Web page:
Spinal muscular atrophy (SMA) is a genetic condition in which the anterior horn motor neurons as well as other lower motor neurons in the brain stem nuclei degenerate, due to mutations in the survival motor neuron 1 (SMN1) gene.
SMA is a syndrome characterized by:
The condition is not homogeneous in its clinical manifestations, because its severity is inversely proportional to the number of copies of the SMN2 gene present in the patient. This is because the SMN2 gene is responsible for the transcription of a part of the messenger RNA (mRNA) encoded by SMN1. Thus, the higher the number of copies of SMN2, the more benign the course of the disorder and the higher the functional level achieved. The etiology of all SMA types, however, is uniform.
The most prominent manifestations of SMA are proximal muscle weakness and atrophy. However, the phenotypic classification should not be taken as compartmentalizing the types into discrete categories. Within a type, the severity varies considerably depending on SMN2 copy number and other modifying genes such as plastin 3.
The onset of disease also ranges widely, from prenatal to adult life, therefore so does the mortality. The clinical course is characterized by a silent phase in all sufferers, but the more severe types are followed by a period of rapid progression and a final phase in which the disease is somewhat quiescent, with slow progression or even, rarely, some improvement. Worsening of disease activity is observed during stressful periods such as infections.
The complications of SMA are most severe and common in type 1 and type 2. They include:
Type 0 SMA
Patients are typically neonates who show evidence of having had this condition prenatally, such as joint contractures resulting from the abnormal hypotonia of the proximal limb muscles. The affected neonates are floppy, feed poorly because of sucking difficulties, show respiratory distress and often develop aspiration pneumonia due to swallowing difficulties. The prognosis is bad, with death occurring within weeks of birth.
Type 1 SMA
Patients are often infants who develop the clinical manifestations shortly after birth, making up about half of all SMA patients. They typically become symptomatic within 6 months and never sit up on their own. Paradoxical respiration, tongue fasciculations, poor suckling and swallowing are all present and may contribute to increased feeding difficulties with time. Without meticulous care and support, death typically occurs within 2 years, often due to aspiration pneumonia. Profound muscular hypotonia, lack of head control and symmetrical paralysis are the norm. However, in a small percentage of cases, head control is present, and they may sit up when supported.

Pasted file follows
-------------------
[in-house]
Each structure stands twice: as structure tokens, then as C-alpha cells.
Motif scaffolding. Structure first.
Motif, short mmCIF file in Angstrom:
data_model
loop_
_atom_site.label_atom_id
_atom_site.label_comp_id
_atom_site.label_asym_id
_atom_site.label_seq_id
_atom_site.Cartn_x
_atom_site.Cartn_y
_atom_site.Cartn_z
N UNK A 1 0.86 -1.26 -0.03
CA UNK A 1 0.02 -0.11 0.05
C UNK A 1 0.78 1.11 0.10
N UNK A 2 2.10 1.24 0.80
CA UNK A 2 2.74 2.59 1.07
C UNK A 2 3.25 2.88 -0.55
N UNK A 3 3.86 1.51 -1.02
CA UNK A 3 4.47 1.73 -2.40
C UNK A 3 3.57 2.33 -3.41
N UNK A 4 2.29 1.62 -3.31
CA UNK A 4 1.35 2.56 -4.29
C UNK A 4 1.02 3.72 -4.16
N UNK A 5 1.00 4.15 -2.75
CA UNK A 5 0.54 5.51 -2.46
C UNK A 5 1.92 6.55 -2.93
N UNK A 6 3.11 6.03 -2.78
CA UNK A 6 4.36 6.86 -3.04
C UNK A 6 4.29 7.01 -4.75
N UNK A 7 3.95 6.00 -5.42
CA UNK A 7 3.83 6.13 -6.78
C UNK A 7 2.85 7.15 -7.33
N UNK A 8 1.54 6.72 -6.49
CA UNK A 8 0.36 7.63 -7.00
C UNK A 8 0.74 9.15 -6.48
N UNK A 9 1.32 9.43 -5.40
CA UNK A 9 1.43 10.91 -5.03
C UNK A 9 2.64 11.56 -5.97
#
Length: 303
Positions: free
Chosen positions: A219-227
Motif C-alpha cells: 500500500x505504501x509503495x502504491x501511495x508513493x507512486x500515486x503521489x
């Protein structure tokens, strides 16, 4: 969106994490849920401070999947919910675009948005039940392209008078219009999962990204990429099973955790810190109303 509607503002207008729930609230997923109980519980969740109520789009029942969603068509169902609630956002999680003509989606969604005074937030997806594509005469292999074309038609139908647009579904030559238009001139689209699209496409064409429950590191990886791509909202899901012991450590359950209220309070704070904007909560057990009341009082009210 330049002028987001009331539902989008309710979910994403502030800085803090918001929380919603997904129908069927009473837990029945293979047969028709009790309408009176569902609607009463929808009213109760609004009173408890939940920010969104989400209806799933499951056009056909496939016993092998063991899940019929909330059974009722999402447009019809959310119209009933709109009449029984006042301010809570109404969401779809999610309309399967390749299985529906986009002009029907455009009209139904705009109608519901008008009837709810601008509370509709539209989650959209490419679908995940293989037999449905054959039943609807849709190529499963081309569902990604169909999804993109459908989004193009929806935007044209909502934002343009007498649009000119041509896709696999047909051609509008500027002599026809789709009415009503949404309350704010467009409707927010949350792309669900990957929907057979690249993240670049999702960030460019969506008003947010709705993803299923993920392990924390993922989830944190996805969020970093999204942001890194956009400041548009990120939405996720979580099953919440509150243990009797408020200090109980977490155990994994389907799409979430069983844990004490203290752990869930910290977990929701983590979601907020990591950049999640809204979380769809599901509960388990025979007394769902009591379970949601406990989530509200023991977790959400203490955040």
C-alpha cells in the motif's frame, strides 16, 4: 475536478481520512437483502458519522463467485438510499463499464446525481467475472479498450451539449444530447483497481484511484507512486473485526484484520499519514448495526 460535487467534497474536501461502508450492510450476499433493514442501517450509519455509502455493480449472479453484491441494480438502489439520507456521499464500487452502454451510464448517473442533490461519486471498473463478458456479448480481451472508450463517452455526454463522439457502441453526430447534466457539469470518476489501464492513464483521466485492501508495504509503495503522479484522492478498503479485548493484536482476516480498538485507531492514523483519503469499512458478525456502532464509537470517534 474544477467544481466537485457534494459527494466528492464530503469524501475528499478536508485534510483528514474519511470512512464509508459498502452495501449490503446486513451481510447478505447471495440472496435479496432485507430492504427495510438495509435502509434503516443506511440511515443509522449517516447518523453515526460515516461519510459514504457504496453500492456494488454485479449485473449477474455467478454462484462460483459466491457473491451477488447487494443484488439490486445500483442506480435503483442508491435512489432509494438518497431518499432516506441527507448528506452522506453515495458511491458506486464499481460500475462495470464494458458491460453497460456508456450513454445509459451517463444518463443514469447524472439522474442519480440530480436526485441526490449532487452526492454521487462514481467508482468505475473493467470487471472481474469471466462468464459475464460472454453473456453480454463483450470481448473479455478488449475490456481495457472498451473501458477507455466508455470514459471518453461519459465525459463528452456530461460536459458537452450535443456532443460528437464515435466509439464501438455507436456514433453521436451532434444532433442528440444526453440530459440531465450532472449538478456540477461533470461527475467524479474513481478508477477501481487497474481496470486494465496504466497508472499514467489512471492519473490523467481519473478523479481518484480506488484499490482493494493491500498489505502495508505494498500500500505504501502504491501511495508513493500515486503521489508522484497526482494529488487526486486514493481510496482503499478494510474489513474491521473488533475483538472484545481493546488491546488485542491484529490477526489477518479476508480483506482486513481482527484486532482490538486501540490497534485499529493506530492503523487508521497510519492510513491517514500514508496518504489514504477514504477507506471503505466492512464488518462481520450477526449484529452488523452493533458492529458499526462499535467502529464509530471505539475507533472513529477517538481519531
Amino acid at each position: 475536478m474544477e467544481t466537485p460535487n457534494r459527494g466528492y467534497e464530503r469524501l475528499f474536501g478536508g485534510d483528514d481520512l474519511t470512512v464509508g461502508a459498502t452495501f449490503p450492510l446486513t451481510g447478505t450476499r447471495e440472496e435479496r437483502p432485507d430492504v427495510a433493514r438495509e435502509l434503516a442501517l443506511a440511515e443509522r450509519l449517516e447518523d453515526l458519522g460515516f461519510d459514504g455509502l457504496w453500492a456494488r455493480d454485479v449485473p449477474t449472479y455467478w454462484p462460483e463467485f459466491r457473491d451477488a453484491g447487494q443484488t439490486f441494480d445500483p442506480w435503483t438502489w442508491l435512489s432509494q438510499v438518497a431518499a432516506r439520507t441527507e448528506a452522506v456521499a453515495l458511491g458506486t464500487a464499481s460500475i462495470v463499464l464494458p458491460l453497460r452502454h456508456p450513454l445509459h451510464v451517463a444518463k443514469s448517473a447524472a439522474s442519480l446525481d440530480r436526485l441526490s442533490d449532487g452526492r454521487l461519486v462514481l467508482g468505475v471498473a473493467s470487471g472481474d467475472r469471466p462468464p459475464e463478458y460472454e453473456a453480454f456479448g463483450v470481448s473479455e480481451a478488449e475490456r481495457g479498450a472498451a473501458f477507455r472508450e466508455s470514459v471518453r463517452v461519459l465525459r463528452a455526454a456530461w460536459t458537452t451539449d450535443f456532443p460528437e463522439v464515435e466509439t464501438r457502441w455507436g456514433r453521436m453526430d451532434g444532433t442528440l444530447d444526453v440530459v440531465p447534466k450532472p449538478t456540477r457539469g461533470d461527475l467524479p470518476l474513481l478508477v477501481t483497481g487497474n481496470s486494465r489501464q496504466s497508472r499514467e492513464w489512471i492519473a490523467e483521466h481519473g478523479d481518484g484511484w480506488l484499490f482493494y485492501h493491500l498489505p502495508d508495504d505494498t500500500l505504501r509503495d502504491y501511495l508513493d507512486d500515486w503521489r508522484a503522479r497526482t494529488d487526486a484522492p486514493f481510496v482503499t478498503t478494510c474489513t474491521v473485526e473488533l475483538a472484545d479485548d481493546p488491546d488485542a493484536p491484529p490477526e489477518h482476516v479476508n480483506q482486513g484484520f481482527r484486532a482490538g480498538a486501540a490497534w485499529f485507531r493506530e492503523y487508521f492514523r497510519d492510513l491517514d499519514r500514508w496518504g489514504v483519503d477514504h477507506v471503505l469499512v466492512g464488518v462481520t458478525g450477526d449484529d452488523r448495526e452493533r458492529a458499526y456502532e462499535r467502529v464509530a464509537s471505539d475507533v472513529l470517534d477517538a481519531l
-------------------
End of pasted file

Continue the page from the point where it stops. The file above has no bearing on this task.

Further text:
Type II SMA
Type II SMA begins to manifest between the ages of 6 and 18 months, and is milder than type I. The affected infants can sit alone and sometimes do stand, but independent walking is impossible. The clinical features include areflexia, minipolymyoclonus (a very fine tremor of limb muscles), chewing difficulties (swallowing is spared in patients towards the mild end of the spectrum), tongue fasciculations, and early kyphoscoliosis and joint contractures. The degree of muscle weakness is quite variable, and when the muscles are very weak respiratory failure may supervene, and the patient may require ventilatory assistance.
Type III SMA
Type III SMA is again a heterogenous category, but all major motor milestones are typically achieved, including independent walking. Some patients deteriorate faster than others, while others continue to walk as adults. The presentation occurs as frequent falls, difficulty with climbing stairs, and pushing off the knees to arise from a kneeling or sitting position, because of proximal muscular weakness. The gait may show abnormality due to this weakness, and foot deformities may also be present in patients who continue to walk.
The loss of mobility might precipitate secondary diseases such as obesity and osteoporosis, as well as scoliosis due to hypotonia. Two separate groups are thought to exist, one losing the ability to walk by 10 years or so, and the other retaining it until the age of 40 years. This distinction seems to relate to the age of onset of weakness, before and after 3 years, respectively.
Type IV SMA
This type of SMA includes patients in whom the symptoms become obvious only during adulthood, and in whom the course is relatively mild. They usually have multiple copies of the SMN2 geneand rarely show secondary complications.
Other symptoms may occur, such as cardiac defects (typically atrial septal defects, ASD), gastrointestinal upsets, autonomic imbalance and hormonal abnormalities. These may be attributed to the widespread occurrence of the SMN protein and its crucial role in muscular development and in the function of many other tissues. Again, such features are seen more often in more severely affected patients, which could indicate that very low SMN protein levels render the patient vulnerable to dysfunction.